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Title: Jonathan Strange & Mr. Norell
Author: Susanna Clarke
Year:
2004

As you probably know by now, I am usually unfair when it comes to thick books. I hate them. This is not the place to elaborate, though, since I am planning a somewhat more serious article on the subject of long novels, but for now, let us just note that I have difficulties with long books, especially if the number of pages means that the content is watered down.

Jonathan Strange and Mr. Norell belongs in the alternative history genre, taking place in the beginning of the 19th century. The setting is England (most of the time) and the story is about the return of English magic as propagated by Mr. Norell and, later, his student Jonathan Strange. The novel is about their relationship with society, magic, faeries and each other.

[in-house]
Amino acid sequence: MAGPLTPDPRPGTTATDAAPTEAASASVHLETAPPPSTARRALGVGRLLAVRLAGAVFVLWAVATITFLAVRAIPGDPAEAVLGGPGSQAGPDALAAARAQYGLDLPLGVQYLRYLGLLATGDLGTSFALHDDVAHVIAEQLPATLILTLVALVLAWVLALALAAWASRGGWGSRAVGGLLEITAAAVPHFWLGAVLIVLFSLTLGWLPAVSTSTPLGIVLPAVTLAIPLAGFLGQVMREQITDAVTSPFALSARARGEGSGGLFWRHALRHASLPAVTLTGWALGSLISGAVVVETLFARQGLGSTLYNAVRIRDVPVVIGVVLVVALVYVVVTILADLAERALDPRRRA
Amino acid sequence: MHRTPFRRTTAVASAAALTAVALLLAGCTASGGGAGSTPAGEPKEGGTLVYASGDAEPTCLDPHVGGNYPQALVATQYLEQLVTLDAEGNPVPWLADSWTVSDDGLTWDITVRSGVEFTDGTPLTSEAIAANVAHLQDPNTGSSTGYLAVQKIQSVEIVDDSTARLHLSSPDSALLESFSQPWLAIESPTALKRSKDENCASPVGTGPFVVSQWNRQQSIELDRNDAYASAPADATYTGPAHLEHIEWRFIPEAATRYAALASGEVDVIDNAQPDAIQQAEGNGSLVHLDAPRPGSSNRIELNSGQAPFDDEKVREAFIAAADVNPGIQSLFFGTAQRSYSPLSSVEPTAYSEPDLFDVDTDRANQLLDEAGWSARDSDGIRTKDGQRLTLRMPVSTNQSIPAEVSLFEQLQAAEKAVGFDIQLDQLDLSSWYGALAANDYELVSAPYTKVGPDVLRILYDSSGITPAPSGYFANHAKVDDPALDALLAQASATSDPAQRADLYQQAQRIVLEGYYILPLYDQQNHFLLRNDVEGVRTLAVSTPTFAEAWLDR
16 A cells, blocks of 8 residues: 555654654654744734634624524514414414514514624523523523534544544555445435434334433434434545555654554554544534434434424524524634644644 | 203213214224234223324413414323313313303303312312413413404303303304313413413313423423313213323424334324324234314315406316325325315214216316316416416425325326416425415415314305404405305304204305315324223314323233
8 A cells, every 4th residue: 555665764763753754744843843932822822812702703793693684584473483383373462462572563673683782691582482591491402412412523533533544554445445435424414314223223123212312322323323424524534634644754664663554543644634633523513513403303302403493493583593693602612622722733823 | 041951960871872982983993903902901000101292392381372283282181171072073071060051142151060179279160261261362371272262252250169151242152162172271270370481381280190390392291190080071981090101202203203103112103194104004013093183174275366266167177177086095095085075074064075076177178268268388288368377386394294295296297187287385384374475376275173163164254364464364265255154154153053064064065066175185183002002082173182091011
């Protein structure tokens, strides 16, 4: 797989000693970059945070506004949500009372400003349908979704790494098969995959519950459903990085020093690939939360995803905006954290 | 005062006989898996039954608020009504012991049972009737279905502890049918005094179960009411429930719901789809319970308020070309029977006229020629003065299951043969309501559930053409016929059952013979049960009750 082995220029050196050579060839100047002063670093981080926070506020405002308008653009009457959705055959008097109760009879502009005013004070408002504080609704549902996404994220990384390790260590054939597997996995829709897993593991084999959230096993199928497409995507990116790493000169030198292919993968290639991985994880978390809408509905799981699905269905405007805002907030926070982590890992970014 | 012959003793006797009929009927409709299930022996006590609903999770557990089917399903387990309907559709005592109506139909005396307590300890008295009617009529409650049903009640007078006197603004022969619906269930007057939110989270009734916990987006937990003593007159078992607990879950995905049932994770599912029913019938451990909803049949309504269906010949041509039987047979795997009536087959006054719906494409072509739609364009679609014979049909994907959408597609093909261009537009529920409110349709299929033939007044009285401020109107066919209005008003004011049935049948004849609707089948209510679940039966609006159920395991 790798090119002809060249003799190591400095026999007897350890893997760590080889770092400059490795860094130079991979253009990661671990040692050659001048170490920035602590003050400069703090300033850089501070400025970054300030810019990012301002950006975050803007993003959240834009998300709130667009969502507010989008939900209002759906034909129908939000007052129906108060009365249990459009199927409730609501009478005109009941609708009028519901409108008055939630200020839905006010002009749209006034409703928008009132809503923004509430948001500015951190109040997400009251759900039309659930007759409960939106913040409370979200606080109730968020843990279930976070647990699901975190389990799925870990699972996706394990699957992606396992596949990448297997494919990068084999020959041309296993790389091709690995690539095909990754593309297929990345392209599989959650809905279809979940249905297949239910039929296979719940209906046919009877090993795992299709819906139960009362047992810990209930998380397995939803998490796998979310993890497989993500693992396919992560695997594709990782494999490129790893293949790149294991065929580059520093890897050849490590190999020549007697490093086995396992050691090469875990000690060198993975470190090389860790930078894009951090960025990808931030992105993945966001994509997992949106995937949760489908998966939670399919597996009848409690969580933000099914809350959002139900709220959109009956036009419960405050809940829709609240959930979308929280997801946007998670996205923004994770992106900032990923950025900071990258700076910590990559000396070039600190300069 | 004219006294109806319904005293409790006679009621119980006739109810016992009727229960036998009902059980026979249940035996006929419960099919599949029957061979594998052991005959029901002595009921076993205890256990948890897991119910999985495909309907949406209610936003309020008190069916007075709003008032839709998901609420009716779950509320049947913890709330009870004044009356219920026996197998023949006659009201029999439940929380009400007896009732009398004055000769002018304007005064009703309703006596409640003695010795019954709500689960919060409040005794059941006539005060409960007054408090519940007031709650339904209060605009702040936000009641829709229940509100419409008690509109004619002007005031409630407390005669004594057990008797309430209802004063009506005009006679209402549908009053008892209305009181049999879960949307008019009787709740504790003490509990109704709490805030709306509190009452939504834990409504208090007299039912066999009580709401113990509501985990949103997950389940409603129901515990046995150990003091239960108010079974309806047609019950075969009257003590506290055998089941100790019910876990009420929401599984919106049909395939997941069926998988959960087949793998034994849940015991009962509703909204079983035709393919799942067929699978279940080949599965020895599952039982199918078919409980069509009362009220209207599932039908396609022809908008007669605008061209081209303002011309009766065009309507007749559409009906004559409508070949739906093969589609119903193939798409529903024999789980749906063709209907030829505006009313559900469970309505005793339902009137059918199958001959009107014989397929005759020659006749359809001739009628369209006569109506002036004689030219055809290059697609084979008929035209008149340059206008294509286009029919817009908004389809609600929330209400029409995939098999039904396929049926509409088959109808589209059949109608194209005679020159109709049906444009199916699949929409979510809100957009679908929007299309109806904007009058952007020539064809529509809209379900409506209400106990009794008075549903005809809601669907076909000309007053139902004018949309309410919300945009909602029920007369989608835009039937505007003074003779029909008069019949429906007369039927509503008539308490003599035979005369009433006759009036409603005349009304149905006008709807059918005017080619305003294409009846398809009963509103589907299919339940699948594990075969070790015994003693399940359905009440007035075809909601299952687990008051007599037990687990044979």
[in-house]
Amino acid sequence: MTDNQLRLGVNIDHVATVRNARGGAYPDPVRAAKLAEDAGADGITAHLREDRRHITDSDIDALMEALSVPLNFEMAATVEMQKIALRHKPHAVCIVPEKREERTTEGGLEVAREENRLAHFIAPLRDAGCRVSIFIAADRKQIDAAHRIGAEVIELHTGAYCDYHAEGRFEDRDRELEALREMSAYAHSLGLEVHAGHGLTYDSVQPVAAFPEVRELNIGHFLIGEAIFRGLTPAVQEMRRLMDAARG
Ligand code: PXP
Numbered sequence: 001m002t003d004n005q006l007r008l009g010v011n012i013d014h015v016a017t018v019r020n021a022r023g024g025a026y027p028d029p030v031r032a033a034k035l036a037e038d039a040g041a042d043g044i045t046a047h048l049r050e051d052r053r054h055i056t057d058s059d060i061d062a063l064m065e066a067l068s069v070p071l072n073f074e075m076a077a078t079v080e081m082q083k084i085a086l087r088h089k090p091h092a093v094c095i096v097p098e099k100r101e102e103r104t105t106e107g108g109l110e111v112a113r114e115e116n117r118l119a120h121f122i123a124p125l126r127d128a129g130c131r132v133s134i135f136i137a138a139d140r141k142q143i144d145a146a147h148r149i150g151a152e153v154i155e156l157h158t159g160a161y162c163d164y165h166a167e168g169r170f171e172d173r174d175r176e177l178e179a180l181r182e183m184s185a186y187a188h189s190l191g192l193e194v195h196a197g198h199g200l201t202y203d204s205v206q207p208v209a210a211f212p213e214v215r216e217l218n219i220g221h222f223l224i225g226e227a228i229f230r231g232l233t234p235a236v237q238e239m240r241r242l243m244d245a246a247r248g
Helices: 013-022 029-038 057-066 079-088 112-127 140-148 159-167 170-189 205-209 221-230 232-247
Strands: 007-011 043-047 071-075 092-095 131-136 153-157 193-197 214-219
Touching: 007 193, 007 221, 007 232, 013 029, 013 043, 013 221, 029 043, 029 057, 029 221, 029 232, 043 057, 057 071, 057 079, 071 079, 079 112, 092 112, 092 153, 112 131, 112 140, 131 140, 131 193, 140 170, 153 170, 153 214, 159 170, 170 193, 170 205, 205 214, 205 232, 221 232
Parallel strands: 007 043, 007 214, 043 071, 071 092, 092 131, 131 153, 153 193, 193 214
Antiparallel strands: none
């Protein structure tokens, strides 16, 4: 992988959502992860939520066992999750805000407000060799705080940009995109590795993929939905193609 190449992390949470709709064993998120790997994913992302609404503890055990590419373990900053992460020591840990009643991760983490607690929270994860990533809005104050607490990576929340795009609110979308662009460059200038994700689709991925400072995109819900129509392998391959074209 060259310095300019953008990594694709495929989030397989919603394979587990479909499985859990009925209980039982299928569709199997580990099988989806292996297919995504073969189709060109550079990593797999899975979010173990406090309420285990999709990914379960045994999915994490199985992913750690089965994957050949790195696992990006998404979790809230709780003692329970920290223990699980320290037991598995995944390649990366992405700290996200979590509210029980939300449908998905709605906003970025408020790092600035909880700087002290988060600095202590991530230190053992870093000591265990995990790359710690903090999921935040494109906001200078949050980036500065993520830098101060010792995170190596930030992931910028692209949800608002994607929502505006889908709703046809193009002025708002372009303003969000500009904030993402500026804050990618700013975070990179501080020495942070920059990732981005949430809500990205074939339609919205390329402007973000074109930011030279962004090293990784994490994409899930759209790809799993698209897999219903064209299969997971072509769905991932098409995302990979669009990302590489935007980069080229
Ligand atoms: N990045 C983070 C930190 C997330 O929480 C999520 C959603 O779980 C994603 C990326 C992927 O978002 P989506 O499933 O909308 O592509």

The ideas, concepts and intrigues which span these 800 pages are expertly written and do not lack in originality. Several times I got that feeling which I so long for when reading books and watching films, the feeling that an idea is absolutely marvelous and that I would have had no chance at all of coming up with it myself.

The problem is that the end result after dividing the number of cool ideas with 800 is pretty feeble. I do not want to spend so much time to receive so little in return per unit time, when I could have read three normal-length novels instead (which would arguably have offered much more). If Jonathan Strange and Mr. Norell would have been half as long, I might have given it twice the number of snails.

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